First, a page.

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A DISTINGUISHED courtier in the reign of Henry VIII., he was secretly attached to Anne Boleyn, whom he has commemorated in his verse. He was fortunate in escaping the suspicion and tyranny of Henry, and died while on a mission for him in France. His poetical pieces were few.

THE LOVER'S LUTE.
BLAME not my Lute! for he must sound

Of this or that as liketh me;
For lack of wit the Lute is bound

To give such tunes as pleaseth me;
Though my songs be somewhat strange,
And speak such words as touch my change,

Blame not my Lute !
My Lute, alas ! doth not offend,

Though that per force he must agree
To sound such tunes as I intend

To sing to them that heareth me;
Then though my songs be somewhat plain,
And toucheth some that use to feign,

Blame not my Lute !
My Lute and strings may not deny,

But as I strike they must obey ;
Break not them so wrongfully,

But wreak thyself some other way ;
And though the songs which I indite
Do quit thy change with rightful spite,

Blame not my Lute !
Spite asketh spite, and changing change,

And falsed faith must needs be known ;
The faults so great, the case so strange ;

Of right it must abroad be blown:
Then since that by thine own desert
My songs do tell how true thou art,

Blame not my Lute !
Blame but thyself that hast misdone,

And well deserved to have blame;
Change thou thy way, so evil begone,

And then my Lute shall sound that sume :

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The gravel ground, with sleeves tied on the helm

Of foaming horse, with swords and friendly hearts ; With cheer, as though one should another whelm,

Where we have fought, and chased oft with darts ; With silver drops the mead yet spread for ruth,

In active games of nimbleness and strength, Where we did strain, trained with swarms of youth,

Our tender limbs that yet shot up in length: The secret groves which oft we made resound,

Of pleasant plaint and of our ladies' praise, Recording oft what grace each one had found,

What hope of speed, what dread of long delays: The wild forest, the clothed holts with green,

With reins availed and swift ybreathed horse ; With cry of hounds and merry blasts between,

Where we did chase the fearful hart of force. The wide vales, eke, that harboured us each night,

Wherewith, alas, reviveth in my breast, The sweet accord such sleeps as yet delight,

The pleasant dreams, the quiet bed of rest : The secret thoughts imparted with such trust,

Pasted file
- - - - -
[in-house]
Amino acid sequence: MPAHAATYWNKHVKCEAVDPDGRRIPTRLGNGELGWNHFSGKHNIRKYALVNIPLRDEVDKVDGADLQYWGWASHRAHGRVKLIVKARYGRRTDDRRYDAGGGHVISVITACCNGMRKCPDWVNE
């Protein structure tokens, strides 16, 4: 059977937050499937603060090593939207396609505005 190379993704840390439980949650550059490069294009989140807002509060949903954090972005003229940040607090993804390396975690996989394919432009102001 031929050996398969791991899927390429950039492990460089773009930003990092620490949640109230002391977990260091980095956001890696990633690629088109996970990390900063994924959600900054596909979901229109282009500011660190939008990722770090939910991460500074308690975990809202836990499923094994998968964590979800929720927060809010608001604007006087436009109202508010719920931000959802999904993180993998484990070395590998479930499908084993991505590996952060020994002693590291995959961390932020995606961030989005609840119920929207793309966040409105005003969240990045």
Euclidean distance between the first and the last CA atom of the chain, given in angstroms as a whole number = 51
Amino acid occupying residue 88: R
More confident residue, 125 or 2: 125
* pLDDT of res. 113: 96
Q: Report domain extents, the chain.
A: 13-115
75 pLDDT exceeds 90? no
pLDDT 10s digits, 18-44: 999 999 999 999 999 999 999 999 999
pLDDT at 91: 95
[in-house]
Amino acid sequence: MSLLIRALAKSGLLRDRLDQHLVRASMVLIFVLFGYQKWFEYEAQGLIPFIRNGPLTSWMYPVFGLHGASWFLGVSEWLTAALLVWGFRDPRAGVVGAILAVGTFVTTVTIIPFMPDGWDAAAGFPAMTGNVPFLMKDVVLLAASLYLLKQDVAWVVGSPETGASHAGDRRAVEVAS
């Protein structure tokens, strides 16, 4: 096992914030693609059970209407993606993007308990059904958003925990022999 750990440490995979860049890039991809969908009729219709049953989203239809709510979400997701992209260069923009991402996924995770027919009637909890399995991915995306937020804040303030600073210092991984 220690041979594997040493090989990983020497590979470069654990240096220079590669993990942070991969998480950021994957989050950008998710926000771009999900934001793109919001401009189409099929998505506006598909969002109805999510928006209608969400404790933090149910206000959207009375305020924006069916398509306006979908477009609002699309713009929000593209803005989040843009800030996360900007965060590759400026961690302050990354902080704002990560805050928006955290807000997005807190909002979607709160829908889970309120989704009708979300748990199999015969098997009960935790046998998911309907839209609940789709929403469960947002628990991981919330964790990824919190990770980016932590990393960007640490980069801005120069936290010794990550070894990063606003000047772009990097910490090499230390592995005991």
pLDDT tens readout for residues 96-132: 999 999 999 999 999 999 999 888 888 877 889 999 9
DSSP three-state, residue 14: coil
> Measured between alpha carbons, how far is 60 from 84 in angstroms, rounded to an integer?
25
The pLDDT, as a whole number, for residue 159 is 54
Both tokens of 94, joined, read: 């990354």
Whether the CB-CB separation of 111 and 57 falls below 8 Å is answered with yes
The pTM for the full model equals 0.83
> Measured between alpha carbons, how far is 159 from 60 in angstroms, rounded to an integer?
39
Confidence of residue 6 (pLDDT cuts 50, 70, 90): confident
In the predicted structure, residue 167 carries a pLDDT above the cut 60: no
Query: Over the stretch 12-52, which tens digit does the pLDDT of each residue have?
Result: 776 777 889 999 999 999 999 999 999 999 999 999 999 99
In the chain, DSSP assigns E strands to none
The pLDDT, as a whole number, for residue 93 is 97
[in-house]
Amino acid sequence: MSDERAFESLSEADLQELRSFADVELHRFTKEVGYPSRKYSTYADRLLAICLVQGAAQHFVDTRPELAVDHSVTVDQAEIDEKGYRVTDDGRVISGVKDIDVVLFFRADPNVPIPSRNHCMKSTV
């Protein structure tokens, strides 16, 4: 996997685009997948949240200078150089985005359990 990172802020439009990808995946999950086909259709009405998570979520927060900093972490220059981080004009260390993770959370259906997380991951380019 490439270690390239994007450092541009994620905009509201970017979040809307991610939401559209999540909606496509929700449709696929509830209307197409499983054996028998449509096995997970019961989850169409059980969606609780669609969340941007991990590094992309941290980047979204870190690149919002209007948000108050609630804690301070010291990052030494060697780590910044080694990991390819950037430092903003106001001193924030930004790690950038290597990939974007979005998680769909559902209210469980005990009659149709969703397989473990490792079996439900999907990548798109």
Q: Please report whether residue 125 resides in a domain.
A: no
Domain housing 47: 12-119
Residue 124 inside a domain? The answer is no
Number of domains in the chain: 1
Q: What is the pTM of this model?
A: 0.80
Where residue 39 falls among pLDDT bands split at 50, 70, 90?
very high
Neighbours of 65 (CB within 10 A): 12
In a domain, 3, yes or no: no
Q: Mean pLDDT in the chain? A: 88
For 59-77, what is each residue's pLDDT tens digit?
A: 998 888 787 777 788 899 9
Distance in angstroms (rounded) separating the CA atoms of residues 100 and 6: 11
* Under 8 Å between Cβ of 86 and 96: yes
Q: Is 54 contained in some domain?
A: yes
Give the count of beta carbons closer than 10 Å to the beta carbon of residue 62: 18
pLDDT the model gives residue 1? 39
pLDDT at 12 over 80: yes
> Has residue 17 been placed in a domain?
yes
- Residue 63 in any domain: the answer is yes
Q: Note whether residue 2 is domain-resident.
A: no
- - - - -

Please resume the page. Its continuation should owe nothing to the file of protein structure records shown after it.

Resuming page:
The wanton talk, the divers change of play, The friendship sworn, each promise kept so just ;

Wherewith we passed the winter night away. And with this thought, the blood forsakes the face,

The tears berain my cheeks of deadly hue, The which, as soon as sobbing sighs, alas,

Upsupped have, thus I my plaint renew : O place of bliss! renewer of my woes,

Give me accounts, where is my noble fere ; Whom in thy walls thou dost each night enclose;

To other leef, but unto me most dear : Echo, alas ! that doth my sorrow rue,

Returns thereto a hollow sound of plaint. Thus I alone, where all my freedom grew,

In prison pine with bondage and restraint, And with remembrance of the greater grief To banish the less, I find my chief relief.

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Born 1520 Anne Askewe.

Burnt 1546 One of the victims of the persecuting Henry VIII., she was burnt to death at Smithfield 1546. The

was made and sung by her while a prisoner in Newgate.

LIKE as the armed Knighte,
Appointed to the fielde,
With this world wil I fight,
And faith shal be my shilde.
Faith is that weapon stronge,
Which wil not faile at nede;
My foes therefore amonge,
Therewith wil I procede.
As it is had in strengthe,
And forces of Christes waye,
It wil prevaile at lengthe,
Though all the Devils saye naye.
Faithe of the fathers olde
Obtained right witness,
Which makes me verye bolde
To fear no worldes distress.
I now rejoice in harte,
And hope bides me do so ;
For Christ wil take my part,
And ease me of my wo.
Thou sayst, Lord, whoso knocke,
To them wilt Thou attende ;
Undo, therefore, the locke,
And thy stronge power sende.
More enemies now I have
Than heeres upon my head;
Let them not me deprave,
But fight Thou in my steade
On Thee my care I cast,
For all their cruell spight;
I set not by their hast,
For Thou art my delight.
I am not she that list
My anker to let fall

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